Murray County makes bid for regional dispatchTwo options set out for bid; construction possible by mid-March
SLAYTON — In a move that may be a case of “too little, too late,” Murray County commissioners approved a motion Friday morning to spend up to $39,500 to update engineering plans for construction and remodeling of their law enforcement center (LEC).
SLAYTON — In a move that may be a case of “too little, too late,” Murray County commissioners approved a motion Friday morning to spend up to $39,500 to update engineering plans for construction and remodeling of their law enforcement center (LEC). They also sent two options out for bid, including one that includes a six-station dispatch center to accommodate the possibility of a regional dispatch.
The county board has discussed expanding and renovating the LEC for several years and has spent approximately $100,000 on studies, engineering plans and updates. For the past year, most of the commissioners were hesitant to commit to the $1.4 million project because of budget concerns and repeatedly pushed back a decision. In June, they opted to revisit the issue in November.
On Monday, the regional dispatch group was presented with a feasibility study by G.J. Therkelsen and Associates and voted for a second time to pursue placing the PSAP (Public Safety Answering Point) within Nobles County in Worthington’s Prairie Justice Center. When Murray County representatives at that meeting again brought up housing the PSAP in Slayton, others in the group responded with frustration, stating a decision had been made and progress needed to be accomplished to meet their set timeline.
At a Murray County Commissioners meeting Tuesday, the board decided it should put the LEC project out for bid.
It will cost approximately $9,500 to bring the last set of engineer drawings up to date, which is Option 1. The second option, which will be drawn up at a cost of $20,000 to $30,000, would eliminate the jail and add a six- to eight-seat dispatch area. Those costs include preparing the projects for bid.
Murray County Chief Deputy Randy Donahue said the engineering firm estimated it would take up to two months to prepare the Option 2 plans and put together the bid packages. Construction could start mid-March and be primarily finished in December, with contractors returning the following spring to do landscaping work.
“If we don’t get the regional dispatch, we aren’t going to need this,” said Commission Chair John Giese. “We definitely need the space for the sheriff’s office, but what bothers me is how we will pay for it.”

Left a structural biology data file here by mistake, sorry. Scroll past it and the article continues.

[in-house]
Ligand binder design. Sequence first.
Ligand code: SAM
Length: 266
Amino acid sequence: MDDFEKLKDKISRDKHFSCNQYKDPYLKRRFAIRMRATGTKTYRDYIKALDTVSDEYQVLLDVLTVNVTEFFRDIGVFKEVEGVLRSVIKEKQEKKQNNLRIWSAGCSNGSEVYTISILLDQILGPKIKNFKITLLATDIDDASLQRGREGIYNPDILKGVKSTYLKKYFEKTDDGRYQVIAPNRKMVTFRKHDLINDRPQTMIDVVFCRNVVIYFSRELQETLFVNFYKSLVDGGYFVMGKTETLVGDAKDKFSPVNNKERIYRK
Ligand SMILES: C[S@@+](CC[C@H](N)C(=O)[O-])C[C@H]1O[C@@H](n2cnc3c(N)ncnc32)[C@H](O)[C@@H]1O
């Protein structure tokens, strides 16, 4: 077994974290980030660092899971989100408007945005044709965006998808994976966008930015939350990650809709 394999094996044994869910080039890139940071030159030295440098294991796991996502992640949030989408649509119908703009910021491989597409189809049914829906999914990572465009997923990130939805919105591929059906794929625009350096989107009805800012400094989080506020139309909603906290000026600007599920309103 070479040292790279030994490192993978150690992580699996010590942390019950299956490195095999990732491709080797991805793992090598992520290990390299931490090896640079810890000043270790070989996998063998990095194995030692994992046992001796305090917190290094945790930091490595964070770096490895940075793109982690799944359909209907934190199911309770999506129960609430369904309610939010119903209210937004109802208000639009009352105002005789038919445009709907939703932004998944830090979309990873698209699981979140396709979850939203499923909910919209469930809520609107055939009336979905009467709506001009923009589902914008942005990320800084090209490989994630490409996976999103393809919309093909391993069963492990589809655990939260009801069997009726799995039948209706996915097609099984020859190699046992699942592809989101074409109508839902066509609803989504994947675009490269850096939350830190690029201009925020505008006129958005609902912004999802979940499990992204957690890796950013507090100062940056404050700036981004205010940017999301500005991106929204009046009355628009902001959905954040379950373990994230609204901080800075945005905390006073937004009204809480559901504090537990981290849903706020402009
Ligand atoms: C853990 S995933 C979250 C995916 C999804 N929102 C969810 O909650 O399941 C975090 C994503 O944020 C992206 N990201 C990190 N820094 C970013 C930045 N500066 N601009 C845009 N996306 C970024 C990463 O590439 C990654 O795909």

Commissioner Kevin Vickerman, who has been in support of the LEC reconstruction all along, said that there were other counties to the north interested in regional dispatch that did not wish to be housed in Worthington.
“If we continue to wait, no one is going to take us seriously,” he stated. “If we had put this building up a few years ago, there is no question in my mind we would have had regional dispatch here in Slayton.”
Not pursuing the project, he added, meant giving up the possibility of jobs, floor- space rent and the possibility of record-keeping income.
“The further you go down the road by not doing anything, the further you’re going to be behind,” stated Commissioner Bob Moline, who had requested several times in the past year to push back a decision on the LEC project, citing each time that he needed more information.
Commissioner Bill Sauer questioned spending money on the second option if there was uncertainty about participating in a regionalized dispatch located in Worthington.
“We have to go full bore,” Moline responded. “It will send a message that we are willing to go ahead.”
“Nobody is taking us seriously because we haven’t ventured forth,” Vickerman added.
Moline put forth a motion that they go ahead with the expense of finalizing plans and preparing the bid options.
“We are building for the future,” he added.
The motion was unanimously approved during a roll-call vote.
When the regional dispatch group formed, each county was asked to make a resolution to commit to further study of the project. Rock and Murray counties, respectively, approved resolutions, but the Nobles County Board of Commissoners made a slight change in the wording of its resolution, stating it desired to participate in further discussion on a dispatch that utilized the existing infrastructure in Nobles County at the existing Prairie Justice Center. Cottonwood County, which had originally stayed out of the proceedings, resolved several weeks ago to commit to the study group.
Toward the end of the Murray County board’s discussion Friday, Sauer asked that its own resolution be changed to state it would be a part of regional dispatch as long as the PSAP was located in Murray County. That resolution needs to be drafted and will be voted on at their next regular meeting.